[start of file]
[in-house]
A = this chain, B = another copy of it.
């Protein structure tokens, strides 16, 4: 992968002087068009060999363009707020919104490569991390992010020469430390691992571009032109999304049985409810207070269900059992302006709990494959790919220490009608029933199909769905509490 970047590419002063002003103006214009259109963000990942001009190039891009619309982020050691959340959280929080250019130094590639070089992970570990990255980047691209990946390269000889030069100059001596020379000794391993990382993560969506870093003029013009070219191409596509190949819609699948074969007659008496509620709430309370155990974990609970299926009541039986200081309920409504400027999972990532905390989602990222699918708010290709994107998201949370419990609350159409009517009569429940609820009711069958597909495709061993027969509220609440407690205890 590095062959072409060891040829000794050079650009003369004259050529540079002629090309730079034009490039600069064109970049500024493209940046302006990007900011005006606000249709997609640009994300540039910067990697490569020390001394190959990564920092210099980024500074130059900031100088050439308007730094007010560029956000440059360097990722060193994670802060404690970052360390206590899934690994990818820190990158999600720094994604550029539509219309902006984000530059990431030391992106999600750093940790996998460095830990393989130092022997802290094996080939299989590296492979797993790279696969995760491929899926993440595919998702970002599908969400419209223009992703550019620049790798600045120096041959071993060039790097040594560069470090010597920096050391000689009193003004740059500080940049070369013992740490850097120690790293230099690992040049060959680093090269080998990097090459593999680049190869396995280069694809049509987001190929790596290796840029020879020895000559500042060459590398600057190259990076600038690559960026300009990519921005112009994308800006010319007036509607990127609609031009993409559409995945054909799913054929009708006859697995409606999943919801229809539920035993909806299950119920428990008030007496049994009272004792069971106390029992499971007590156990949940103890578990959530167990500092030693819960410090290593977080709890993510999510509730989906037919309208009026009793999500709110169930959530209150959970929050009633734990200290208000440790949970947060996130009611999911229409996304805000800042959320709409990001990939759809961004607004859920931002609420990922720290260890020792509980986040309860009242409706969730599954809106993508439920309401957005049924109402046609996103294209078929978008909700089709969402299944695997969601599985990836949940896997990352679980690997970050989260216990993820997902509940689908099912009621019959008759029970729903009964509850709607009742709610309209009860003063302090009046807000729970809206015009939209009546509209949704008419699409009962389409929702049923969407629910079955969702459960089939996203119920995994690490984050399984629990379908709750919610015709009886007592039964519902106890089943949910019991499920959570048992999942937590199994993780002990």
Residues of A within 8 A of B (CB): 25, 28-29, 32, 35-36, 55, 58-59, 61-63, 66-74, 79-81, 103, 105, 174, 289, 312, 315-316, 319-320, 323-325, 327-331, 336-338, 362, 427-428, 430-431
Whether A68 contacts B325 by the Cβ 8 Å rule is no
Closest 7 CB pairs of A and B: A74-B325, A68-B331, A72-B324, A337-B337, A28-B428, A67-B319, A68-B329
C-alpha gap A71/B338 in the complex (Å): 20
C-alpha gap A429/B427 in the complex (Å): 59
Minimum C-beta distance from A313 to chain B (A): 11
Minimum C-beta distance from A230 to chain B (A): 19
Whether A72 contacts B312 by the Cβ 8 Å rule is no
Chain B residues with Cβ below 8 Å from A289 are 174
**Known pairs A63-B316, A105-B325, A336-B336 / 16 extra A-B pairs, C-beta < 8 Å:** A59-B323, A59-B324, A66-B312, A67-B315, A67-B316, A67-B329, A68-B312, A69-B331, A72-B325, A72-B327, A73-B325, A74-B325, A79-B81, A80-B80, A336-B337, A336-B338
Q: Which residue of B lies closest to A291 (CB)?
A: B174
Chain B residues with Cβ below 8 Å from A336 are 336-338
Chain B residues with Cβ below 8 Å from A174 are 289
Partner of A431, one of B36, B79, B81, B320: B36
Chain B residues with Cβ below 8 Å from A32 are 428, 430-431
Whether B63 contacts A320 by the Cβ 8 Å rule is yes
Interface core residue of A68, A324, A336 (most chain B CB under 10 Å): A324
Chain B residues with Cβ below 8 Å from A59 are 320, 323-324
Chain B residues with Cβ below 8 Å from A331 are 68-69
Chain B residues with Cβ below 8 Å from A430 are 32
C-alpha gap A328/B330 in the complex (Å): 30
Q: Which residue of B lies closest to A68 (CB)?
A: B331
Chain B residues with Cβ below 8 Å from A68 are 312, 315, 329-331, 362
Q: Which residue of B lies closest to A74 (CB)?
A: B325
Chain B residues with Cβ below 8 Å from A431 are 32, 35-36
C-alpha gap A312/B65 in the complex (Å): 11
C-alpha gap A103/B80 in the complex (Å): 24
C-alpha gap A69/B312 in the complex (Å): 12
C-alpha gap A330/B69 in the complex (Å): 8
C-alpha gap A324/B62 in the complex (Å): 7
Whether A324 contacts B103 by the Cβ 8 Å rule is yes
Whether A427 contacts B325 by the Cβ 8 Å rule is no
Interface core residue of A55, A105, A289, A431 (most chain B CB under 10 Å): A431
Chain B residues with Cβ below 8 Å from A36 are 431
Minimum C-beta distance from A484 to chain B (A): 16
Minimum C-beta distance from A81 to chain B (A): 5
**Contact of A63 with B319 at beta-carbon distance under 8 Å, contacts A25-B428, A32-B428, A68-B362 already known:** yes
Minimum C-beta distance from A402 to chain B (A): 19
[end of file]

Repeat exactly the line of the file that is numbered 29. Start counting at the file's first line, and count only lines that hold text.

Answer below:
Q: Which residue of B lies closest to A74 (CB)?